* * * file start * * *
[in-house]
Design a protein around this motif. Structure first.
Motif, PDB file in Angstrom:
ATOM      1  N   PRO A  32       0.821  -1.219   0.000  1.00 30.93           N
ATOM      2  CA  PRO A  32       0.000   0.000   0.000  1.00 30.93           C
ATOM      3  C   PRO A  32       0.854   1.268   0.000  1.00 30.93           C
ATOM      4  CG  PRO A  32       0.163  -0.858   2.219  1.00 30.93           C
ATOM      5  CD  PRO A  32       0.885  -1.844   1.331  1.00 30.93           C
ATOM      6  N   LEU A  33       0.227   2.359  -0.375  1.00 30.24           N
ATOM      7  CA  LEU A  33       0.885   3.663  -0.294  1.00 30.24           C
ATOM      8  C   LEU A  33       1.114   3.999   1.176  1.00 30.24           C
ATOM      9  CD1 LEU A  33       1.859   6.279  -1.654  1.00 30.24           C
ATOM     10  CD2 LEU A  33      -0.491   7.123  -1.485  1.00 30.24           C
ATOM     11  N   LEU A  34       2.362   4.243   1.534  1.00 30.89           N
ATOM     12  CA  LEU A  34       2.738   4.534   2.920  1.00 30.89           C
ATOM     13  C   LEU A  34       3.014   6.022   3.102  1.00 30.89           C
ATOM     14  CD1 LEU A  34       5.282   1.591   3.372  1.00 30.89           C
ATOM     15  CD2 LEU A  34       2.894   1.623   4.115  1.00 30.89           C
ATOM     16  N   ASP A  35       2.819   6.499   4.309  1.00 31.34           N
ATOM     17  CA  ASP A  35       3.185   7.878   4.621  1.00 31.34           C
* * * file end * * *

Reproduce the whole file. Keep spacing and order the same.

[in-house]
Design a protein around this motif. Structure first.
Motif, PDB file in Angstrom:
ATOM      1  N   PRO A  32       0.821  -1.219   0.000  1.00 30.93           N
ATOM      2  CA  PRO A  32       0.000   0.000   0.000  1.00 30.93           C
ATOM      3  C   PRO A  32       0.854   1.268   0.000  1.00 30.93           C
ATOM      4  CG  PRO A  32       0.163  -0.858   2.219  1.00 30.93           C
ATOM      5  CD  PRO A  32       0.885  -1.844   1.331  1.00 30.93           C
ATOM      6  N   LEU A  33       0.227   2.359  -0.375  1.00 30.24           N
ATOM      7  CA  LEU A  33       0.885   3.663  -0.294  1.00 30.24           C
ATOM      8  C   LEU A  33       1.114   3.999   1.176  1.00 30.24           C
ATOM      9  CD1 LEU A  33       1.859   6.279  -1.654  1.00 30.24           C
ATOM     10  CD2 LEU A  33      -0.491   7.123  -1.485  1.00 30.24           C
ATOM     11  N   LEU A  34       2.362   4.243   1.534  1.00 30.89           N
ATOM     12  CA  LEU A  34       2.738   4.534   2.920  1.00 30.89           C
ATOM     13  C   LEU A  34       3.014   6.022   3.102  1.00 30.89           C
ATOM     14  CD1 LEU A  34       5.282   1.591   3.372  1.00 30.89           C
ATOM     15  CD2 LEU A  34       2.894   1.623   4.115  1.00 30.89           C
ATOM     16  N   ASP A  35       2.819   6.499   4.309  1.00 31.34           N
ATOM     17  CA  ASP A  35       3.185   7.878   4.621  1.00 31.34           C